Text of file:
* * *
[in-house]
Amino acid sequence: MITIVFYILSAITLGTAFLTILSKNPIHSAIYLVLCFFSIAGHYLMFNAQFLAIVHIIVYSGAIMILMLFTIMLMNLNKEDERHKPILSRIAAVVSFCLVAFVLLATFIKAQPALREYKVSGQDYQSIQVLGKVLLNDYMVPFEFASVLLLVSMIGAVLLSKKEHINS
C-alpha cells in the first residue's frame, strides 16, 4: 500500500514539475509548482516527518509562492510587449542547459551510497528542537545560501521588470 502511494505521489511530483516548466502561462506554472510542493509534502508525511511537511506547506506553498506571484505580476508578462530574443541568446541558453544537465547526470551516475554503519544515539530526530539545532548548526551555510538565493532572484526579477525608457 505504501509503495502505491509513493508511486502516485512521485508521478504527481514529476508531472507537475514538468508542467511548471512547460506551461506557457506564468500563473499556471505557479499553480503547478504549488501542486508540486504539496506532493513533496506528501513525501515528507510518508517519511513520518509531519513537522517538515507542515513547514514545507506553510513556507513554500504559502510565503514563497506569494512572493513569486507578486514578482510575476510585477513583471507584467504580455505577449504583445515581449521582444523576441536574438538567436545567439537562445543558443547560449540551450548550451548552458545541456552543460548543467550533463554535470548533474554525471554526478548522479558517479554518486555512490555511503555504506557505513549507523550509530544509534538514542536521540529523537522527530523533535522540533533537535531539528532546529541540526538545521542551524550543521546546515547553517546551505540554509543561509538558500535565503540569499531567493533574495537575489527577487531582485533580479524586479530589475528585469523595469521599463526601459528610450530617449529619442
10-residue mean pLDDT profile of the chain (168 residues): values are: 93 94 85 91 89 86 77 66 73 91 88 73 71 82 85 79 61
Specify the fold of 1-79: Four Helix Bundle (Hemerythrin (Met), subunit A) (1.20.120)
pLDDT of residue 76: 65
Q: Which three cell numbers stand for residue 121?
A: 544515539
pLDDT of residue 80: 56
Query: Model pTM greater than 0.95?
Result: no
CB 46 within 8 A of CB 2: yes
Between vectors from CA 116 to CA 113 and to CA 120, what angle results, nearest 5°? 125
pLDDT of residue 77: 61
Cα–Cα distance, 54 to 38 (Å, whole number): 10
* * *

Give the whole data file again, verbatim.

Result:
[in-house]
Amino acid sequence: MITIVFYILSAITLGTAFLTILSKNPIHSAIYLVLCFFSIAGHYLMFNAQFLAIVHIIVYSGAIMILMLFTIMLMNLNKEDERHKPILSRIAAVVSFCLVAFVLLATFIKAQPALREYKVSGQDYQSIQVLGKVLLNDYMVPFEFASVLLLVSMIGAVLLSKKEHINS
C-alpha cells in the first residue's frame, strides 16, 4: 500500500514539475509548482516527518509562492510587449542547459551510497528542537545560501521588470 502511494505521489511530483516548466502561462506554472510542493509534502508525511511537511506547506506553498506571484505580476508578462530574443541568446541558453544537465547526470551516475554503519544515539530526530539545532548548526551555510538565493532572484526579477525608457 505504501509503495502505491509513493508511486502516485512521485508521478504527481514529476508531472507537475514538468508542467511548471512547460506551461506557457506564468500563473499556471505557479499553480503547478504549488501542486508540486504539496506532493513533496506528501513525501515528507510518508517519511513520518509531519513537522517538515507542515513547514514545507506553510513556507513554500504559502510565503514563497506569494512572493513569486507578486514578482510575476510585477513583471507584467504580455505577449504583445515581449521582444523576441536574438538567436545567439537562445543558443547560449540551450548550451548552458545541456552543460548543467550533463554535470548533474554525471554526478548522479558517479554518486555512490555511503555504506557505513549507523550509530544509534538514542536521540529523537522527530523533535522540533533537535531539528532546529541540526538545521542551524550543521546546515547553517546551505540554509543561509538558500535565503540569499531567493533574495537575489527577487531582485533580479524586479530589475528585469523595469521599463526601459528610450530617449529619442
10-residue mean pLDDT profile of the chain (168 residues): values are: 93 94 85 91 89 86 77 66 73 91 88 73 71 82 85 79 61
Specify the fold of 1-79: Four Helix Bundle (Hemerythrin (Met), subunit A) (1.20.120)
pLDDT of residue 76: 65
Q: Which three cell numbers stand for residue 121?
A: 544515539
pLDDT of residue 80: 56
Query: Model pTM greater than 0.95?
Result: no
CB 46 within 8 A of CB 2: yes
Between vectors from CA 116 to CA 113 and to CA 120, what angle results, nearest 5°? 125
pLDDT of residue 77: 61
Cα–Cα distance, 54 to 38 (Å, whole number): 10